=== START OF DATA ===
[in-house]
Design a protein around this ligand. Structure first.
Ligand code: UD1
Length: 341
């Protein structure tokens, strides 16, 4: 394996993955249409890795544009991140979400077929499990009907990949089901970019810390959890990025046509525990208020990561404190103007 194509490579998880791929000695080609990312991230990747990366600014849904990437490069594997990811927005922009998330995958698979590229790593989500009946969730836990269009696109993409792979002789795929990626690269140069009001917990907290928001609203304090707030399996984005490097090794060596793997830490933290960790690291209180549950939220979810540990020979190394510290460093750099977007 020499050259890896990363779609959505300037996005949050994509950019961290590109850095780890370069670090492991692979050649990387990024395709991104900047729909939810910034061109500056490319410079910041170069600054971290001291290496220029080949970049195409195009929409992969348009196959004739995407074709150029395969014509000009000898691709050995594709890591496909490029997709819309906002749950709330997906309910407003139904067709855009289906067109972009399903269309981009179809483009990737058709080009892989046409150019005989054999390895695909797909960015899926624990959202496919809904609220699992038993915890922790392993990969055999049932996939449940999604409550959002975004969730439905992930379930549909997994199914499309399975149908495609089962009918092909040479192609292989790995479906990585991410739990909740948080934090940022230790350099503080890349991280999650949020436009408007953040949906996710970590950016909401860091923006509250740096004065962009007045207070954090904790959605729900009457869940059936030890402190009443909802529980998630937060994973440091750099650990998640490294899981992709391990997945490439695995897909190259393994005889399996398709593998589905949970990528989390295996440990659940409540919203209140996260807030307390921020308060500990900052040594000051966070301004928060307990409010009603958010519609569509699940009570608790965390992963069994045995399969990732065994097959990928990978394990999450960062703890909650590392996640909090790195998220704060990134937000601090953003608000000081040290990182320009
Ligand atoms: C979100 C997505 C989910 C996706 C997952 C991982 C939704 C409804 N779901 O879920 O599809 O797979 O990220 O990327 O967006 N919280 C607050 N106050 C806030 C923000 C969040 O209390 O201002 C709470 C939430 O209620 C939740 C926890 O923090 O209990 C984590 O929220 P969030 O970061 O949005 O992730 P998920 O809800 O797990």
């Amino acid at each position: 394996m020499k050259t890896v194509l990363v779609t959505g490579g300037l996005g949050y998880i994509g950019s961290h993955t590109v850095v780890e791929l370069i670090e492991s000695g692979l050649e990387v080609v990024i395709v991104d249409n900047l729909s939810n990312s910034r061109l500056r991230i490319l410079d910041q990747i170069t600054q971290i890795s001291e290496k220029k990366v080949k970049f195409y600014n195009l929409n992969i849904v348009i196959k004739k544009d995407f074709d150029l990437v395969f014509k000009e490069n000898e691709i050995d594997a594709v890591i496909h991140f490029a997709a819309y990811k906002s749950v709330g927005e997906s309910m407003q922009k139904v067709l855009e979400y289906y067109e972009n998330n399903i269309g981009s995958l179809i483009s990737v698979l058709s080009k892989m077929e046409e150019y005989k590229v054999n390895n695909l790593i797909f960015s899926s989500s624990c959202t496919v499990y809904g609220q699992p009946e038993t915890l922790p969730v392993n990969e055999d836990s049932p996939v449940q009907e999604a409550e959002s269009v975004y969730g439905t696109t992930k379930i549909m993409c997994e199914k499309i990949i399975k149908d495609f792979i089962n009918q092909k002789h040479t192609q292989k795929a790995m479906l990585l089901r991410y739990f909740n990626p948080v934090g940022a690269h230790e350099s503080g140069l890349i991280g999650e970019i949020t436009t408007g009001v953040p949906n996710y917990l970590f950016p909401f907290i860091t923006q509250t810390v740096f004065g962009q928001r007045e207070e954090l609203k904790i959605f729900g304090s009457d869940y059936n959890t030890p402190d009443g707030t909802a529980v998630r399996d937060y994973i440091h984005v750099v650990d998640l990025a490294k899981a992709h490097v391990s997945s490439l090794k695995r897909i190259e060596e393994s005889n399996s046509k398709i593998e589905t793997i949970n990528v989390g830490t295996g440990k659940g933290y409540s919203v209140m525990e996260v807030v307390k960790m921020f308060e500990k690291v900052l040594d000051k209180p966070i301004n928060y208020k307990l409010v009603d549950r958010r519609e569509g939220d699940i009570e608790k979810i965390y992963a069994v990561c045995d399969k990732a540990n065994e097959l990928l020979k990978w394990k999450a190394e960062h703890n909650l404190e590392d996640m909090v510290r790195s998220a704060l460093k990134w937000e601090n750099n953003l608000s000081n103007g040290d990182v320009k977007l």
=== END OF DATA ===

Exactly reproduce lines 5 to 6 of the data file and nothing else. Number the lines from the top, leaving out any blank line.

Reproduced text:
């Protein structure tokens, strides 16, 4: 394996993955249409890795544009991140979400077929499990009907990949089901970019810390959890990025046509525990208020990561404190103007 194509490579998880791929000695080609990312991230990747990366600014849904990437490069594997990811927005922009998330995958698979590229790593989500009946969730836990269009696109993409792979002789795929990626690269140069009001917990907290928001609203304090707030399996984005490097090794060596793997830490933290960790690291209180549950939220979810540990020979190394510290460093750099977007 020499050259890896990363779609959505300037996005949050994509950019961290590109850095780890370069670090492991692979050649990387990024395709991104900047729909939810910034061109500056490319410079910041170069600054971290001291290496220029080949970049195409195009929409992969348009196959004739995407074709150029395969014509000009000898691709050995594709890591496909490029997709819309906002749950709330997906309910407003139904067709855009289906067109972009399903269309981009179809483009990737058709080009892989046409150019005989054999390895695909797909960015899926624990959202496919809904609220699992038993915890922790392993990969055999049932996939449940999604409550959002975004969730439905992930379930549909997994199914499309399975149908495609089962009918092909040479192609292989790995479906990585991410739990909740948080934090940022230790350099503080890349991280999650949020436009408007953040949906996710970590950016909401860091923006509250740096004065962009007045207070954090904790959605729900009457869940059936030890402190009443909802529980998630937060994973440091750099650990998640490294899981992709391990997945490439695995897909190259393994005889399996398709593998589905949970990528989390295996440990659940409540919203209140996260807030307390921020308060500990900052040594000051966070301004928060307990409010009603958010519609569509699940009570608790965390992963069994045995399969990732065994097959990928990978394990999450960062703890909650590392996640909090790195998220704060990134937000601090953003608000000081040290990182320009
Ligand atoms: C979100 C997505 C989910 C996706 C997952 C991982 C939704 C409804 N779901 O879920 O599809 O797979 O990220 O990327 O967006 N919280 C607050 N106050 C806030 C923000 C969040 O209390 O201002 C709470 C939430 O209620 C939740 C926890 O923090 O209990 C984590 O929220 P969030 O970061 O949005 O992730 P998920 O809800 O797990």